Using AnnAGNPS to predict the effects of tile drainage control on nutrient and sediment loads for a river basin
Que, Z., Seidou, O., Droste, R.L., Wilkes, G., Sunohara, M., Topp, E., Lapen, D.R. (2015). Using AnnAGNPS to predict the effects of tile drainage control on nutrient and sediment loads for a river basin, 44(2), 629-641. http://dx.doi.org/10.2134/jeq2014.06.0246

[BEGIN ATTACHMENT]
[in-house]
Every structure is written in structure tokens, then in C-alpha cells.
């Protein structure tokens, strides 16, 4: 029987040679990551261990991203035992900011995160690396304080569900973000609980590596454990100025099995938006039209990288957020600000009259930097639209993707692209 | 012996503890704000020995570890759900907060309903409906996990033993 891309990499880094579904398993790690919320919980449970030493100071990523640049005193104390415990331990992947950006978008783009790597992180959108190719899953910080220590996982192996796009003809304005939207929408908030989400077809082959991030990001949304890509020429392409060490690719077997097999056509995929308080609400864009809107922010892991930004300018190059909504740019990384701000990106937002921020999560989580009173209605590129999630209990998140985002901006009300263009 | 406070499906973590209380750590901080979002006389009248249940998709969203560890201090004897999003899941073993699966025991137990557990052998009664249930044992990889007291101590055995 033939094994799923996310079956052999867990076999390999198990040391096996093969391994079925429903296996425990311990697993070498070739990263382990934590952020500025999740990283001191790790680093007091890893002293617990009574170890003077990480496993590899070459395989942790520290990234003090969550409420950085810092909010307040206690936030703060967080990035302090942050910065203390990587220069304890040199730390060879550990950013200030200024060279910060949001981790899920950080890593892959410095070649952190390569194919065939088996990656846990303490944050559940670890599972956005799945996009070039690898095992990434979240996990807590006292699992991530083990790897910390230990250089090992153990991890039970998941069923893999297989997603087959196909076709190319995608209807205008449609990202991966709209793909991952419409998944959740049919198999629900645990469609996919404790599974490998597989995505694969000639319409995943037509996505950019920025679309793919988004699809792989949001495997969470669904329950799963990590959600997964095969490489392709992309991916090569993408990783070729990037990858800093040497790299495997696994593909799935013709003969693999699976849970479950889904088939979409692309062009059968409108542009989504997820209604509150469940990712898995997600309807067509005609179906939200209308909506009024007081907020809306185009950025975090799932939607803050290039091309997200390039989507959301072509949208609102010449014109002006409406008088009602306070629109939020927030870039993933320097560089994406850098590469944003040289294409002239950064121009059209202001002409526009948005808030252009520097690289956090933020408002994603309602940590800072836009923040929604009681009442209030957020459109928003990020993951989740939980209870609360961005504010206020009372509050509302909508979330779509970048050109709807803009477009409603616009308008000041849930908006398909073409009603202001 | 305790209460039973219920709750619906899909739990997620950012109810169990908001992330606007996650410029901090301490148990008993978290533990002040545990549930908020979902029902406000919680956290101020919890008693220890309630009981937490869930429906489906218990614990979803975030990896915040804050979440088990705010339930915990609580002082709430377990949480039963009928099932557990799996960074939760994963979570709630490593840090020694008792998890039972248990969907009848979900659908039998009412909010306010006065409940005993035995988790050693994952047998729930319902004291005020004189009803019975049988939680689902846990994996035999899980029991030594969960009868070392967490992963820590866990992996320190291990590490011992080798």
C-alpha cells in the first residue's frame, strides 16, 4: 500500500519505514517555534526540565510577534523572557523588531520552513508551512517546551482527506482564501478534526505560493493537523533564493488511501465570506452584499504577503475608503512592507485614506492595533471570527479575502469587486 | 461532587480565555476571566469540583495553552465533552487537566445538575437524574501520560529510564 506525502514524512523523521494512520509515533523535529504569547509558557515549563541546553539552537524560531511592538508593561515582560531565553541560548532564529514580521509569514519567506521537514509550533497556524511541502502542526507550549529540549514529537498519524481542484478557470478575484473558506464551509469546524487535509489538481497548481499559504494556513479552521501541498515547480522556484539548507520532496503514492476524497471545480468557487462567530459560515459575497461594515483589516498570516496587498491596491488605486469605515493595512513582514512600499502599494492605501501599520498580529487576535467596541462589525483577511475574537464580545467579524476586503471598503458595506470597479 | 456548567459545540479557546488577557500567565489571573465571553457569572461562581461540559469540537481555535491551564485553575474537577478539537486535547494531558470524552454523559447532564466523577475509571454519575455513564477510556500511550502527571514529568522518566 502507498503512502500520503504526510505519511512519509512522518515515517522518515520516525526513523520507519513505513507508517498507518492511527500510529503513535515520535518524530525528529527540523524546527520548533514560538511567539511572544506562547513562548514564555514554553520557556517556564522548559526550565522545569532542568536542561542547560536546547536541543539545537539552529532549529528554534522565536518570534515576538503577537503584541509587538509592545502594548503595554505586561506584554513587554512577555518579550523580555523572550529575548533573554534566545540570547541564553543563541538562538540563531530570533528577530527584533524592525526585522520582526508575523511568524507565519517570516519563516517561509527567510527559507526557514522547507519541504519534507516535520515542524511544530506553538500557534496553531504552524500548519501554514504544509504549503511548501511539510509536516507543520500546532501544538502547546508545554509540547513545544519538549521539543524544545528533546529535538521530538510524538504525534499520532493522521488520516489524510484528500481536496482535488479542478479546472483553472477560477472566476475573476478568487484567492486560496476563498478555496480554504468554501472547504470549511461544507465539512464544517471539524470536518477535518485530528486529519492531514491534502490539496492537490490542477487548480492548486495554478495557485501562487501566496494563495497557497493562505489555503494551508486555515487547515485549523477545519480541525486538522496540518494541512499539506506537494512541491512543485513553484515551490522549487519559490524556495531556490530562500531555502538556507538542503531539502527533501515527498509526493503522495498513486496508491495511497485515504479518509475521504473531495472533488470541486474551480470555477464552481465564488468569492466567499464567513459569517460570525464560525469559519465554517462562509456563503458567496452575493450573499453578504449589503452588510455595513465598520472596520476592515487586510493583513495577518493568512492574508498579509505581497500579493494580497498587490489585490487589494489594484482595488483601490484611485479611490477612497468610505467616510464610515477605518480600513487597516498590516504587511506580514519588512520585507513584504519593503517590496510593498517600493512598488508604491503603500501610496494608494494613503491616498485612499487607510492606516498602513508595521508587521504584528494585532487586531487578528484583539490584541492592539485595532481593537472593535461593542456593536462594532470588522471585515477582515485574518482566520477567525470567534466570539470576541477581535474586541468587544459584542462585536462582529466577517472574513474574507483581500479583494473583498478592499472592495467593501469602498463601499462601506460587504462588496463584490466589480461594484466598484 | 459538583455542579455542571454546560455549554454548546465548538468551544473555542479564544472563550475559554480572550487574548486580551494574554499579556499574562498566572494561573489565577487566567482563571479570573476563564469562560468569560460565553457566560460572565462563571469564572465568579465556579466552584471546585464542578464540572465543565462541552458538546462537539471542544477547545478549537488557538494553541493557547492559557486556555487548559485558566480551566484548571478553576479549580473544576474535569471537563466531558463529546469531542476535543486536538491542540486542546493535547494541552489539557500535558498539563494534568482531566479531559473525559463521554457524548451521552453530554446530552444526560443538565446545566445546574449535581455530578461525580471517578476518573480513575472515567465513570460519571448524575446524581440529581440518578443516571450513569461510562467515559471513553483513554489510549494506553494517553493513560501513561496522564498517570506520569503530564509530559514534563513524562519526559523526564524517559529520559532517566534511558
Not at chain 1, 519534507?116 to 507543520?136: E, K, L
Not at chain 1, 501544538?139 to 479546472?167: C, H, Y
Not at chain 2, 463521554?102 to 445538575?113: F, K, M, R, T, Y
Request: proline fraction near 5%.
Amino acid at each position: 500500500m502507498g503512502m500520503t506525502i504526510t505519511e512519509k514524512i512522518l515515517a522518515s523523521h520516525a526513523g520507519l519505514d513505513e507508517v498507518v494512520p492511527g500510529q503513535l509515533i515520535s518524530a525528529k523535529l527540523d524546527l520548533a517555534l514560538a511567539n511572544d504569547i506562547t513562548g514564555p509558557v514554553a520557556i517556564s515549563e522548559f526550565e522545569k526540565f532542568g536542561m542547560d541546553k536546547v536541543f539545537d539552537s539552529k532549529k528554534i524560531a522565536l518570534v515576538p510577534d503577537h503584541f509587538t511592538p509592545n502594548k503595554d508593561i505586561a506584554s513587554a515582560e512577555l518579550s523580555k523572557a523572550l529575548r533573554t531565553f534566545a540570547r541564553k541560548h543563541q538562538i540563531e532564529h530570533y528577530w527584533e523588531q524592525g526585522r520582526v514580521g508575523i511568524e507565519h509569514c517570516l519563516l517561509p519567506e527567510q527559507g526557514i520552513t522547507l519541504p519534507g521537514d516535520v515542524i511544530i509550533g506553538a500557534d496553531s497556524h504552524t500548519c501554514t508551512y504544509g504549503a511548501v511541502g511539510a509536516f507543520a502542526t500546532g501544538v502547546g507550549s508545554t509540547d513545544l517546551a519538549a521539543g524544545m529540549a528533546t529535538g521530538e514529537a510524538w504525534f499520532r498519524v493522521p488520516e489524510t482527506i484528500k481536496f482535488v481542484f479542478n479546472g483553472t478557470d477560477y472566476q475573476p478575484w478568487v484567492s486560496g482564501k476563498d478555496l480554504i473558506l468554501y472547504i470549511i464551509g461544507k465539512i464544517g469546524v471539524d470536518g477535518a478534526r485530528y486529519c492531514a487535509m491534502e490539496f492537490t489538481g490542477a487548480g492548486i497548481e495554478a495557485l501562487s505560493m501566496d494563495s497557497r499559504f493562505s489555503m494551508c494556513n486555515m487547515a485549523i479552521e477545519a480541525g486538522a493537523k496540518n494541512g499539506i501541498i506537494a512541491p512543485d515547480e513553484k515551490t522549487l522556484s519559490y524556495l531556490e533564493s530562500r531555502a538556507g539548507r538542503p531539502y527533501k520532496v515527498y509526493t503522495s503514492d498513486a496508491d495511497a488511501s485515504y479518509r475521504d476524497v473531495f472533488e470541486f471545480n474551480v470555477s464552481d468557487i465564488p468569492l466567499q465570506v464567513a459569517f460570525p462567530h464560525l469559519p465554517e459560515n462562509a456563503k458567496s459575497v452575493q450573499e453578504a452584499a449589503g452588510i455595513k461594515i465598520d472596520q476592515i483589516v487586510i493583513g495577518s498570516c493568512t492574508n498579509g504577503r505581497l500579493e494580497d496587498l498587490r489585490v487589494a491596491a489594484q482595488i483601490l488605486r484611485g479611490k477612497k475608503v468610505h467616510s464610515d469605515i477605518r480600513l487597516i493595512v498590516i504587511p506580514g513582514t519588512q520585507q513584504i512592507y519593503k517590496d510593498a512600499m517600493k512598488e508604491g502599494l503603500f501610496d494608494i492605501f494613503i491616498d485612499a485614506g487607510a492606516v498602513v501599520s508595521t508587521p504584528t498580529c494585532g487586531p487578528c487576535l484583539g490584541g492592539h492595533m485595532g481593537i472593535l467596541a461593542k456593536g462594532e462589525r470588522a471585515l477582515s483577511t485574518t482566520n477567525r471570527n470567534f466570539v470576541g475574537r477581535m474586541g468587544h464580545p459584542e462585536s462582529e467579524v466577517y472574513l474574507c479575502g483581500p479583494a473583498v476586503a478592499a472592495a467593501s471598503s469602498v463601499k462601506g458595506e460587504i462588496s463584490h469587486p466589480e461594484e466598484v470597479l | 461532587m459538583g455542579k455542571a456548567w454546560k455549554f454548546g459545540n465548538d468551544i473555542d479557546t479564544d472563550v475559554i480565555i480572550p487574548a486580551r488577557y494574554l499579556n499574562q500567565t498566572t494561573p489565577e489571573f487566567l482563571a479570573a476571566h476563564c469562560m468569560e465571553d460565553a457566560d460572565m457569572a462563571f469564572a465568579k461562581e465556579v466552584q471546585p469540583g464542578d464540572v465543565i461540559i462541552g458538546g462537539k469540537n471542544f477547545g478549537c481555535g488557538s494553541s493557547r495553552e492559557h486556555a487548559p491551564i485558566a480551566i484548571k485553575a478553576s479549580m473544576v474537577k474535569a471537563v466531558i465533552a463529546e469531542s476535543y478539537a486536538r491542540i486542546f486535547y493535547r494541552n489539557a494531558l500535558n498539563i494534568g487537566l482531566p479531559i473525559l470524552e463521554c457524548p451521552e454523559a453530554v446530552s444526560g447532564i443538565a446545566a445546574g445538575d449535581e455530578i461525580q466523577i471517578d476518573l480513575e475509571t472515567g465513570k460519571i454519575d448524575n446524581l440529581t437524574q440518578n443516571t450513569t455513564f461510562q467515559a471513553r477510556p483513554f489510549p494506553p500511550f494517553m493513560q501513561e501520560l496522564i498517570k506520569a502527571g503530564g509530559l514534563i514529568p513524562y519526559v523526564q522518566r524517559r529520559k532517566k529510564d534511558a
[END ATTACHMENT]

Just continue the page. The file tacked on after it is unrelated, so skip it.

© American Society of Agronomy, Crop Science Society of America, and Soil Science Society of America. Controlled tile drainage (CTD) can reduce pollutant loading. The Annualized Agricultural Nonpoint Source model (AnnAGNPS version 5.2) was used to examine changes in growing season discharge, sediment, nitrogen, and phosphorus loads due to CTD for a ~3900-km2 agriculturally dominated river basin in Ontario, Canada. Two tile drain depth scenarios were examined in detail to mimic tile drainage control for flat cropland: 600 mm depth (CTD600) and 200 mm (CTD200) depth below surface. Summed for five growing seasons (CTD600), direct runoff, total N, and dissolved N were reduced by 6.6, 3.5, and 13.7%, respectively. However, five seasons of summed total P, dissolved P, and total suspended solid loads increased as a result of CTD600 by 0.96, 1.6, and 0.23%. The AnnAGNPS results were compared with mass fluxes observed from paired experimental watersheds (250, 470 ha) in the river basin. The "test" experimental watershed was dominated by CTD and the "reference" watershed by free drainage. Notwithstanding environmental/land use differences between the watersheds and basin, comparisons of seasonal observed and predicted discharge reductions were comparable in 100% of respective cases. Nutrient load comparisons were more consistent for dissolved, relative to particulate water quality endpoints. For one season under corn crop production, AnnAGNPS predicted a 55% decrease (CTD600) in dissolved N from the basin. AnnAGNPS v. 5.2 treats P transport from a surface pool perspective, which is appropriate for many systems. However, for assessment of tile drainage management practices for relatively flat tile-dominated systems, AnnAGNPS may benefit from consideration of P and particulate transport in the subsurface.
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